Some COVID-19 patients around the globe have developed psychotic symptoms that range from delusions to vivid hallucinations – weeks after their illness broke out. In one case reported by the New York Times, a New York woman with no history of mental illness heard a voice telling her to kill herself first and then to murder her children. She had developed mild Covid-19 months earlier, and after seeing a number of similar occurrences, her doctor thought the psychosis could be a rare side effect of the virus.
To date, at least 42 cases of psychosis related to Covid-19 have been reported worldwide, according to a preprint of an article in the January 2021 issue of “Neuroscience Letters”, a scientific journal.
Experts hypothesized that these cases, as well as other neurological symptoms seen in Covid-19 patients, were related to the widespread inflammation in the body associated with the syndrome or to the by-products of the body’s immune response to the virus could.
“The massive inflammation caused by Covid-19 in individuals often leads to organ dysfunction from head to toe,” Panagis Galiatsatos, a pulmonologist and intensive care specialist at Johns Hopkins Bayview Medical Center, told NewsABC.net. “The symptoms of the brain are usually rooted in delirium.”
“Delirium” is a collective medical term for neurological symptoms that range from severe psychosis to milder cognitive impairments. Galiatsatos added that these symptoms can appear long after the physical symptoms have subsided – even after the inflammation has subsided, the brain continues to recover from the injury.
Several cases confirmed worldwide
In a study by the KUNO Klinik St. Hedwig in Regensburg, researchers were able to prove that the coronavirus can also cause so-called neuroaxonal damage, as reported by the German Medical Journal. “That is why it is so important to carefully observe which neurological long-term consequences can persist after a Covid 19 infection,” said study director Sven Wellmann, chief physician for neonatology at the KUNO Klinik St. Hedwig.
Investigations of case reports by the British Medical Journal show an additional seven cases of psychosis related to Covid-19 since June. A survey of British doctors showed that of 125 reported Covid patients, around 31 percent had psychiatric abnormalities. Ten patients suffered from a new onset of psychosis, six from dementia-like symptoms – and four patients were diagnosed with an affective disorder, i.e. manic or depressive episodes.
In another study, researchers identified ten patients hospitalized with COVID-19 with “emerging psychosis” in the UK – among 153 people with neurological or psychiatric complications – and another study found ten such patients in a hospital in Spain.
Doctors in the United States have also described cases of coronavirus-associated psychosis. Alongside the mother, who heard a murderous voice, the New York Times’ Pam Belluck wrote about the case of a North Carolina woman who tried to push her children through a drive-through window to save them from an imaginary kidnapping . A construction worker from New York City attempted to strangle his cousin after delusional delusion that he was trying to murder him.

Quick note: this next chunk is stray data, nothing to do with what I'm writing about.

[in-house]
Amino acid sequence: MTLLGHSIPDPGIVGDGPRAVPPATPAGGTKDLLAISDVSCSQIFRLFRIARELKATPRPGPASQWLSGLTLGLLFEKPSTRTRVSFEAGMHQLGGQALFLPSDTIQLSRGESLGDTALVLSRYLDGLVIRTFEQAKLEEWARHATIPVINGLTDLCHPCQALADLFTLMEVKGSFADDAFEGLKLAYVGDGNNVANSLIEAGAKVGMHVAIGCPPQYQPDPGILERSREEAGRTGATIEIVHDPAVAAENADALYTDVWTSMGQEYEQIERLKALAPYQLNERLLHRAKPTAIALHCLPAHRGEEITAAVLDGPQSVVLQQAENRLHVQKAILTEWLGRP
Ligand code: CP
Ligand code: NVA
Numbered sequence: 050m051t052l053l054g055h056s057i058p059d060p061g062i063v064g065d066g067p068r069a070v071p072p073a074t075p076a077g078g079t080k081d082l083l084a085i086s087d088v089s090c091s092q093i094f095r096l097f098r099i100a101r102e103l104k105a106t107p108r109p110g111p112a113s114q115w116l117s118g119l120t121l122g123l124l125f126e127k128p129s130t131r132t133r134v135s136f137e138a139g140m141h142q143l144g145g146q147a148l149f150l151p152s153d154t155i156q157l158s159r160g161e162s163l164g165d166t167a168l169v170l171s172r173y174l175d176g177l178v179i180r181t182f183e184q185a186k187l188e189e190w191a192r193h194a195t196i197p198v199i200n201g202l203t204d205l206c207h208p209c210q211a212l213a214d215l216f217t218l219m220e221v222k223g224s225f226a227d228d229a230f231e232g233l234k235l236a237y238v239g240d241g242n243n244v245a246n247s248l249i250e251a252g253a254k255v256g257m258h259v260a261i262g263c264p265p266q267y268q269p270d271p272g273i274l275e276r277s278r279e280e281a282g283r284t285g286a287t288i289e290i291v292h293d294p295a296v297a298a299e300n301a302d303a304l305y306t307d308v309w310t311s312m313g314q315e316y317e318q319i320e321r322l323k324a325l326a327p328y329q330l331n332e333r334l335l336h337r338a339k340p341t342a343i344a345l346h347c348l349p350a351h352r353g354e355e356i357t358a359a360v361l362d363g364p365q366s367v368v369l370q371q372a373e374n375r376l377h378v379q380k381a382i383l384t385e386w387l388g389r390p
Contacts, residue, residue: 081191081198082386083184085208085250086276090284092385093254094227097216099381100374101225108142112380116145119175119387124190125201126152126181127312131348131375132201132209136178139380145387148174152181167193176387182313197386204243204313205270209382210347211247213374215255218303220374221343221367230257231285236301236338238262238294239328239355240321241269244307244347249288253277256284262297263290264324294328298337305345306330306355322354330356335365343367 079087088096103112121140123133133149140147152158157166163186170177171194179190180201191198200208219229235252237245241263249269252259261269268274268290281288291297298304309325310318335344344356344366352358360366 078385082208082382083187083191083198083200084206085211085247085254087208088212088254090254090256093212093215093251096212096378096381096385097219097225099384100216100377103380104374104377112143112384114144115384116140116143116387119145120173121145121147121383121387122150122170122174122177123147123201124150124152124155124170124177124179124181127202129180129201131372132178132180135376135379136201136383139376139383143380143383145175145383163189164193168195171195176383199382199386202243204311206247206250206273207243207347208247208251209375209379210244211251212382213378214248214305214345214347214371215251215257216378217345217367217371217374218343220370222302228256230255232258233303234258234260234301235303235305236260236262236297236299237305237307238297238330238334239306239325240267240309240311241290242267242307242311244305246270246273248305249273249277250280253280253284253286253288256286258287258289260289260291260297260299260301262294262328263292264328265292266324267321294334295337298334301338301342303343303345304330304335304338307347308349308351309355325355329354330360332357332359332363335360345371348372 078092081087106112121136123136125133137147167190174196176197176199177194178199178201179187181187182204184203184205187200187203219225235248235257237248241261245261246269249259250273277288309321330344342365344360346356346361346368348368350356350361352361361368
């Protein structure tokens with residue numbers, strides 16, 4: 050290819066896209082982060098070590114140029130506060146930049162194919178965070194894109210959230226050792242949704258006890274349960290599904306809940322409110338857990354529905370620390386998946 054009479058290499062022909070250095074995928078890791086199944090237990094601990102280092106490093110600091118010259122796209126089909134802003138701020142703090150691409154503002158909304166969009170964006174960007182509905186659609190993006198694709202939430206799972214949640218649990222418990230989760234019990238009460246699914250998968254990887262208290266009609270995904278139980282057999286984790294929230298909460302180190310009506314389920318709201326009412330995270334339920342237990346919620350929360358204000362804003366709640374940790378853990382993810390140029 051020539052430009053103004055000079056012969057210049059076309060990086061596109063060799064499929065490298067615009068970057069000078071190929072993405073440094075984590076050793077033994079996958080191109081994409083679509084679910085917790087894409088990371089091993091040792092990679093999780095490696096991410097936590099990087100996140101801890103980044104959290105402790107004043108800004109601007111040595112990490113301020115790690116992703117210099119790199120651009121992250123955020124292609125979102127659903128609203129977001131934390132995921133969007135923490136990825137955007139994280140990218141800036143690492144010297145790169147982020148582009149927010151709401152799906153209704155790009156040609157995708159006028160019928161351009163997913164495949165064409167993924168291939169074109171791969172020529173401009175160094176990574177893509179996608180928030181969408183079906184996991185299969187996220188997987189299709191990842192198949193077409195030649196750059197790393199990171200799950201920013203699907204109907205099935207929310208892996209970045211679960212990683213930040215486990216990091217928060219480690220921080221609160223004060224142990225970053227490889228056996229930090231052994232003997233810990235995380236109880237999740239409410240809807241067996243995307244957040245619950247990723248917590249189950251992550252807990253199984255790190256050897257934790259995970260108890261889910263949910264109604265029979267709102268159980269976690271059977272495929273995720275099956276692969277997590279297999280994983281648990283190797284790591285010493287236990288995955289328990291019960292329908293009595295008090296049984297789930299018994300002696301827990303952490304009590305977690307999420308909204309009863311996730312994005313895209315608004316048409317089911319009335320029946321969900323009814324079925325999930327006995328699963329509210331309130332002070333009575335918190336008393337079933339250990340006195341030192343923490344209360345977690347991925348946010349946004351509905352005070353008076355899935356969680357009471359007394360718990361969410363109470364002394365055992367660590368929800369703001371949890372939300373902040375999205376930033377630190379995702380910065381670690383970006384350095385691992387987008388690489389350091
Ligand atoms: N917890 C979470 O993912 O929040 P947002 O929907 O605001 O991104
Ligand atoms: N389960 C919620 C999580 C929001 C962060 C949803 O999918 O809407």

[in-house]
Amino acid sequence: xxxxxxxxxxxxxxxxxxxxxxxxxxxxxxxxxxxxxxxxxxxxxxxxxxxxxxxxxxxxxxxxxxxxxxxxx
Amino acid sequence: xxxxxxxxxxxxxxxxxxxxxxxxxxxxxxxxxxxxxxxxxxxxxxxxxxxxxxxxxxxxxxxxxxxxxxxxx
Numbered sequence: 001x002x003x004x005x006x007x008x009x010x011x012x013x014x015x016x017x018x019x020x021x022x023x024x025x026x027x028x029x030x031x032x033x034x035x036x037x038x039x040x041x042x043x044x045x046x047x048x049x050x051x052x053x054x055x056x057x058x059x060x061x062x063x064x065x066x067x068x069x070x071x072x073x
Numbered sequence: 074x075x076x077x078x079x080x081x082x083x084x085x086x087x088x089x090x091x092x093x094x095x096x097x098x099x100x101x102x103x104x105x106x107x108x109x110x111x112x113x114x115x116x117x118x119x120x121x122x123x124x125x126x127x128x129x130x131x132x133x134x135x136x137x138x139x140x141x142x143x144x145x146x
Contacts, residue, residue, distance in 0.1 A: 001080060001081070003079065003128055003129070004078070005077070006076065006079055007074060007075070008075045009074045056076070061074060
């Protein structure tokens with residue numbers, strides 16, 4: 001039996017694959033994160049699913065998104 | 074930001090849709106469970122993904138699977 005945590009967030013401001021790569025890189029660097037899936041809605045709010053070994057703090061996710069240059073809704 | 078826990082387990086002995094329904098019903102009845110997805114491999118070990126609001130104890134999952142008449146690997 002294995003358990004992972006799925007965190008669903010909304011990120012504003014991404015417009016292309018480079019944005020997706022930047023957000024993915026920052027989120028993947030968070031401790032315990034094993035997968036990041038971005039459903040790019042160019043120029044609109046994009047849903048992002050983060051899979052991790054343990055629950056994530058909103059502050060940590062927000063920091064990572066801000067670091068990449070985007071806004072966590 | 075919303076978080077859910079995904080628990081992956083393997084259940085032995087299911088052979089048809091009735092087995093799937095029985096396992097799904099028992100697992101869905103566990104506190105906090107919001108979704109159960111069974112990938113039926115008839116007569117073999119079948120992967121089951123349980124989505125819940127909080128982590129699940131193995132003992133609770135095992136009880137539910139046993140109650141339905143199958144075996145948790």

A report published in September by the National Library of Medicine describes another case where a middle-aged man became so paranoid that he attempted suicide after contracting the virus. Like the other patients, he had no history of mental illness.
In a publication, the head of forensic medicine at Charité Berlin, Michael Tsokos, describes eight suicides that are directly related to the corona pandemic. However, these were probably triggered by an uncontrollable fear of Covid-19 disease – not by the virus itself.
It is still unclear how Covid-19 causes neurological symptoms
Other documented brain-related symptoms of Covid-19 include stroke, difficulty concentrating, and loss of taste and smell. An analysis published in the Annals of Neurology in October found that more than 80 percent of hospitalized corona patients had neurological symptoms. Covid-19 represents a “global threat to the entire nervous system,” the authors write there.
It’s still unclear whether these symptoms are due to inflammation, as pulmonologist and intensive care specialist Panagis Galiatsatos suspects, or whether the virus infects the brain directly. Although scientists have already found the virus in the brain – usually in the form of smaller infections clustered around blood vessels – this is a rare occurrence. The more likely explanation, however, is an immune system-mediated response.
Anyone who has thoughts of suicide should turn to people they trust. A conversation often helps to dispel the thoughts, at least temporarily. Anyone who is open to other offers of help or is concerned about someone can turn to the telephone counseling: They offer quick help and refer doctors, advice centers or clinics on 0800/111 01 11.
This text has been partially translated from English. You can find the original here.